Fertilizing the Oceans: Is it a Good Thing?

By February 3, 2011Ocean Solutions

A while ago, maybe a decade or so, some people got together and came up with an idea to help reduce the amount of carbon dioxide in the atmosphere. They knew that Phytoplankton, microscopic plant organisms in the Ocean, absorb carbon dioxide through photosynthesis. They figured that if they could increase the amount of Phytoplankton in the Ocean, then it would decrease the amount of carbon dioxide in the atmosphere. They could increase the population of Phytoplankton by fertilizing the Ocean with iron. A good idea right? In theory, yes.

However, when you apply this theory you can get a big mess. Let’s take the Mississippi River, US for example. The Mississippi River runs from Minnesota and cuts south through the midwest until it empties at the tip of Louisiana into the Gulf of Mexico. While it runs through the midwest, the massive river accumulates nutrients from various sources such as farms and waste water treatment plants. The nutrients are emptied into the Gulf of Mexico. In the spring, the Mississippi River flows higher and faster from the extra rainfall and deposits more nutrients into the Gulf. Phytoplankton absorb the nutrients and the population explodes. The phenomenon is called a Spring Bloom and it occurs in most places around the world. There is a larger bloom in the Gulf during the Spring because there are more nutrients (nitrates, phosphates and iron), which help the Phytoplankton grow.

What does the abundance of Phytoplankton have to do with everything? Well, phytoplankton sink to the bottom of the Ocean when they die. Bacteria eat the plankton and absorb oxygen in the process. Animals need oxygen in the water to live. A large bloom such as the one that occurs every spring at the mouth of the Mississippi can cause an oxygen depleted zone at the bottom of the Gulf of Mexico with very little life and very low biodiversity.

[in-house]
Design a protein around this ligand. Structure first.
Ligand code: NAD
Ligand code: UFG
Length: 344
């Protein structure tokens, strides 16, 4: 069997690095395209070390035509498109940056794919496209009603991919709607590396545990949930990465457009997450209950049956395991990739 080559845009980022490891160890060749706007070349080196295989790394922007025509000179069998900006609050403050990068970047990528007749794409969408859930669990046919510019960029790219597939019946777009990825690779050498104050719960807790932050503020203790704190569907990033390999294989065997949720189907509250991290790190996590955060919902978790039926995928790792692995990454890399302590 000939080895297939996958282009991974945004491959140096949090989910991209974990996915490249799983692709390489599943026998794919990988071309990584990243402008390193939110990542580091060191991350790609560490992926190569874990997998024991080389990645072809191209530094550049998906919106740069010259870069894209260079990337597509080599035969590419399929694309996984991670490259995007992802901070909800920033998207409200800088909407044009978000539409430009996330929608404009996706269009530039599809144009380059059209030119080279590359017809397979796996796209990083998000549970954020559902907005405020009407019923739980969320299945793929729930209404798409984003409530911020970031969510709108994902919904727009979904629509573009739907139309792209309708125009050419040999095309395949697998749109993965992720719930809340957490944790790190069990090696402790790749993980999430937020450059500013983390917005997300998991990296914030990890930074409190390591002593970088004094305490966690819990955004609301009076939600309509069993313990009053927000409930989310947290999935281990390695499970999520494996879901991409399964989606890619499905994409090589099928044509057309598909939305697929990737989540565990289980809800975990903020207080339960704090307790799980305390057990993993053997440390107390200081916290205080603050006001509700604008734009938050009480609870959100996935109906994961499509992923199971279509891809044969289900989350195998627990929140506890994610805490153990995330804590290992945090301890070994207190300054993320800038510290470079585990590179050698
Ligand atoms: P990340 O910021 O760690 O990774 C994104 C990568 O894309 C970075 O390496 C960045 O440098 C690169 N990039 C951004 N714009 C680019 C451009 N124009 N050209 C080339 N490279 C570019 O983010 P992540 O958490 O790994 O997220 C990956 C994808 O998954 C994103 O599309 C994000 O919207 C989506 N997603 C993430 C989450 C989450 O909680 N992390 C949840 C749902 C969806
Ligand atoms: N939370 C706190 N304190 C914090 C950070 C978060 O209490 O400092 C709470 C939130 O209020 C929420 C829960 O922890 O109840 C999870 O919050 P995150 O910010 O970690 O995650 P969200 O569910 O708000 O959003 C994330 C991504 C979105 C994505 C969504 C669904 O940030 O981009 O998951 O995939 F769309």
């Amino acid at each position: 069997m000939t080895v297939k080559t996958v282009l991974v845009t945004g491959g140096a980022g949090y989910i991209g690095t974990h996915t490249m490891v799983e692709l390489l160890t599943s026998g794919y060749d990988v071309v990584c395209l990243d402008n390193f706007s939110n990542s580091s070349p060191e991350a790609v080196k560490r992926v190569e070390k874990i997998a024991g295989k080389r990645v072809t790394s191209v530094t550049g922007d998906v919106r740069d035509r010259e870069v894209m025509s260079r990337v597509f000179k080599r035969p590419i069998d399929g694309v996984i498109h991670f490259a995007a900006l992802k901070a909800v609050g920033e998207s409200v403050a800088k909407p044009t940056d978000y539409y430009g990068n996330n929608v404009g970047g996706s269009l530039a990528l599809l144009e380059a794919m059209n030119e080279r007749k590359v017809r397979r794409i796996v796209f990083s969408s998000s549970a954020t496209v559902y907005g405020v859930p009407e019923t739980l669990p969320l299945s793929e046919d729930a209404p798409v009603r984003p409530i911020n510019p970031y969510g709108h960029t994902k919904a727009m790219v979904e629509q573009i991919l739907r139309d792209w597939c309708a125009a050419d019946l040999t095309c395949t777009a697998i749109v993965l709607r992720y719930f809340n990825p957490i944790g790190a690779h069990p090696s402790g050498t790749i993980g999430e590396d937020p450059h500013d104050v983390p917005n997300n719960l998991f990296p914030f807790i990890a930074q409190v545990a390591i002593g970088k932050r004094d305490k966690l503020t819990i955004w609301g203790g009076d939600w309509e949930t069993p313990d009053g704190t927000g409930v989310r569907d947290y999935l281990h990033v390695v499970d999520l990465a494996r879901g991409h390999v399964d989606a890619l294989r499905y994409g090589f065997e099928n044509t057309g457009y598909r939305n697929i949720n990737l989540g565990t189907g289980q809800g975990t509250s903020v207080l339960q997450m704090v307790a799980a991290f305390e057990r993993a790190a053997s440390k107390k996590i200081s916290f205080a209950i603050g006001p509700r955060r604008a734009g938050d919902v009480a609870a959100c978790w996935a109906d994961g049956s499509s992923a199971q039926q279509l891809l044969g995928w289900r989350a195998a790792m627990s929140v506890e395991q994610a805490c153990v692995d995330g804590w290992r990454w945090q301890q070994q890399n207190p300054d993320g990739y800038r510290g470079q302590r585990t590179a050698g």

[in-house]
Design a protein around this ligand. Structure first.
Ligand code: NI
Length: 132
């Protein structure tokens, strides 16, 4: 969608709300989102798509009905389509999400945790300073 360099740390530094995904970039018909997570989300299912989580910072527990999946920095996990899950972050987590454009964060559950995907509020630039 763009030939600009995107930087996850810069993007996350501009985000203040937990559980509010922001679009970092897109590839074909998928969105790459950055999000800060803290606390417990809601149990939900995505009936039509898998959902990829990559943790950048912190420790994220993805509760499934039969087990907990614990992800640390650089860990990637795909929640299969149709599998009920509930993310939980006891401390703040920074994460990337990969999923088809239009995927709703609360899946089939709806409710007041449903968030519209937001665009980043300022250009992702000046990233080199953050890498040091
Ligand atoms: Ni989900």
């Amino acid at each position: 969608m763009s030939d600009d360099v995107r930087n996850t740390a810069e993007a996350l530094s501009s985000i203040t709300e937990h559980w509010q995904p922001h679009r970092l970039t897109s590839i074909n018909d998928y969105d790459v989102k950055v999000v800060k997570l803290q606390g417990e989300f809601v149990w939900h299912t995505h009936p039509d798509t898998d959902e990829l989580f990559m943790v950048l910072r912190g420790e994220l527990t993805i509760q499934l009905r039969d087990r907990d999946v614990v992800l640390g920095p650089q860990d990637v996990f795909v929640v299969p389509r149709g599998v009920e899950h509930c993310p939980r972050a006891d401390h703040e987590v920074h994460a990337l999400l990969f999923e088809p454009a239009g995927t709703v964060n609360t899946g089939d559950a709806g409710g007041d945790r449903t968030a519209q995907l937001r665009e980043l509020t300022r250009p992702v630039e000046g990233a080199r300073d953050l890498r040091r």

Let’s get back to the iron fertilization. If we fertilize the Ocean with iron, phytoplankton will increase in abundance and they will absorb carbon dioxide; however, the plankton will eventually die, sink to the bottom, and be eaten by bateria which use up the oxygen (oh and I forgot to mention that the product of eating the plankton is methane, a compound worse than carbon dioxide when released into the atmosphere).

To summarize, an increase in phytoplankton can cause a large dead zone at the bottom of the Ocean and release methane into the atmosphere. So to pose the question again: Is fertilizing the Ocean with iron a good thing for climate change? I don’t think so.

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